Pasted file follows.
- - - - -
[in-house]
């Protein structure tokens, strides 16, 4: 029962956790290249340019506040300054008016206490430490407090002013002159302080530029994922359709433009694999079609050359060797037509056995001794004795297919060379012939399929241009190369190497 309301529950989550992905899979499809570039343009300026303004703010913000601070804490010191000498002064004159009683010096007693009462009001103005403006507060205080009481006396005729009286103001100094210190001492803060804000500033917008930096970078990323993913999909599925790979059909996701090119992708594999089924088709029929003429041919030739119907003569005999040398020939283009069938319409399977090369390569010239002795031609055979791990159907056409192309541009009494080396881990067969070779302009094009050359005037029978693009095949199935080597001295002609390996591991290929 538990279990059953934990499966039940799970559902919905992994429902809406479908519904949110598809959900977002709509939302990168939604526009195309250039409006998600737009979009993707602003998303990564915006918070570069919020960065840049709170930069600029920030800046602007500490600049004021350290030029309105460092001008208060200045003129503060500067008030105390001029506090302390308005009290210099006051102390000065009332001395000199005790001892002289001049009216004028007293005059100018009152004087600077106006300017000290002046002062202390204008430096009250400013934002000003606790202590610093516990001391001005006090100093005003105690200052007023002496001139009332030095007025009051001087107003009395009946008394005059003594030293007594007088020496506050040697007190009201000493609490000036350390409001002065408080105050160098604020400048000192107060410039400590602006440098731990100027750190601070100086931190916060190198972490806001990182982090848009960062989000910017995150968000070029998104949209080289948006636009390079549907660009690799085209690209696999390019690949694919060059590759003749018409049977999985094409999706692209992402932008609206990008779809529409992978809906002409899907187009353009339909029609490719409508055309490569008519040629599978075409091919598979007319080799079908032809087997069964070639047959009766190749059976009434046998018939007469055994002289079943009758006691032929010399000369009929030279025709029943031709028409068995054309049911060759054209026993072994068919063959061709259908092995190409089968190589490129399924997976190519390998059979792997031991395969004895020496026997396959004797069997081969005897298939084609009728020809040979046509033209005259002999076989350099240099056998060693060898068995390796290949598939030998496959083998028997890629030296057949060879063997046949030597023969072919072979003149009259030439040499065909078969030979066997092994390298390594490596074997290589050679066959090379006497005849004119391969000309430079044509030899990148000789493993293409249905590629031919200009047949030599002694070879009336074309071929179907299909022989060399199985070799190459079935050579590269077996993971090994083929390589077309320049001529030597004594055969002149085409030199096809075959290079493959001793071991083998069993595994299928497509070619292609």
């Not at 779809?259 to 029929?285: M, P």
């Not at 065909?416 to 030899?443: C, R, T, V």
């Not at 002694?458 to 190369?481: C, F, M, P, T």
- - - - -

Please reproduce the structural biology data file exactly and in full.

[in-house]
């Protein structure tokens, strides 16, 4: 029962956790290249340019506040300054008016206490430490407090002013002159302080530029994922359709433009694999079609050359060797037509056995001794004795297919060379012939399929241009190369190497 309301529950989550992905899979499809570039343009300026303004703010913000601070804490010191000498002064004159009683010096007693009462009001103005403006507060205080009481006396005729009286103001100094210190001492803060804000500033917008930096970078990323993913999909599925790979059909996701090119992708594999089924088709029929003429041919030739119907003569005999040398020939283009069938319409399977090369390569010239002795031609055979791990159907056409192309541009009494080396881990067969070779302009094009050359005037029978693009095949199935080597001295002609390996591991290929 538990279990059953934990499966039940799970559902919905992994429902809406479908519904949110598809959900977002709509939302990168939604526009195309250039409006998600737009979009993707602003998303990564915006918070570069919020960065840049709170930069600029920030800046602007500490600049004021350290030029309105460092001008208060200045003129503060500067008030105390001029506090302390308005009290210099006051102390000065009332001395000199005790001892002289001049009216004028007293005059100018009152004087600077106006300017000290002046002062202390204008430096009250400013934002000003606790202590610093516990001391001005006090100093005003105690200052007023002496001139009332030095007025009051001087107003009395009946008394005059003594030293007594007088020496506050040697007190009201000493609490000036350390409001002065408080105050160098604020400048000192107060410039400590602006440098731990100027750190601070100086931190916060190198972490806001990182982090848009960062989000910017995150968000070029998104949209080289948006636009390079549907660009690799085209690209696999390019690949694919060059590759003749018409049977999985094409999706692209992402932008609206990008779809529409992978809906002409899907187009353009339909029609490719409508055309490569008519040629599978075409091919598979007319080799079908032809087997069964070639047959009766190749059976009434046998018939007469055994002289079943009758006691032929010399000369009929030279025709029943031709028409068995054309049911060759054209026993072994068919063959061709259908092995190409089968190589490129399924997976190519390998059979792997031991395969004895020496026997396959004797069997081969005897298939084609009728020809040979046509033209005259002999076989350099240099056998060693060898068995390796290949598939030998496959083998028997890629030296057949060879063997046949030597023969072919072979003149009259030439040499065909078969030979066997092994390298390594490596074997290589050679066959090379006497005849004119391969000309430079044509030899990148000789493993293409249905590629031919200009047949030599002694070879009336074309071929179907299909022989060399199985070799190459079935050579590269077996993971090994083929390589077309320049001529030597004594055969002149085409030199096809075959290079493959001793071991083998069993595994299928497509070619292609």
């Not at 779809?259 to 029929?285: M, P």
């Not at 065909?416 to 030899?443: C, R, T, V």
């Not at 002694?458 to 190369?481: C, F, M, P, T």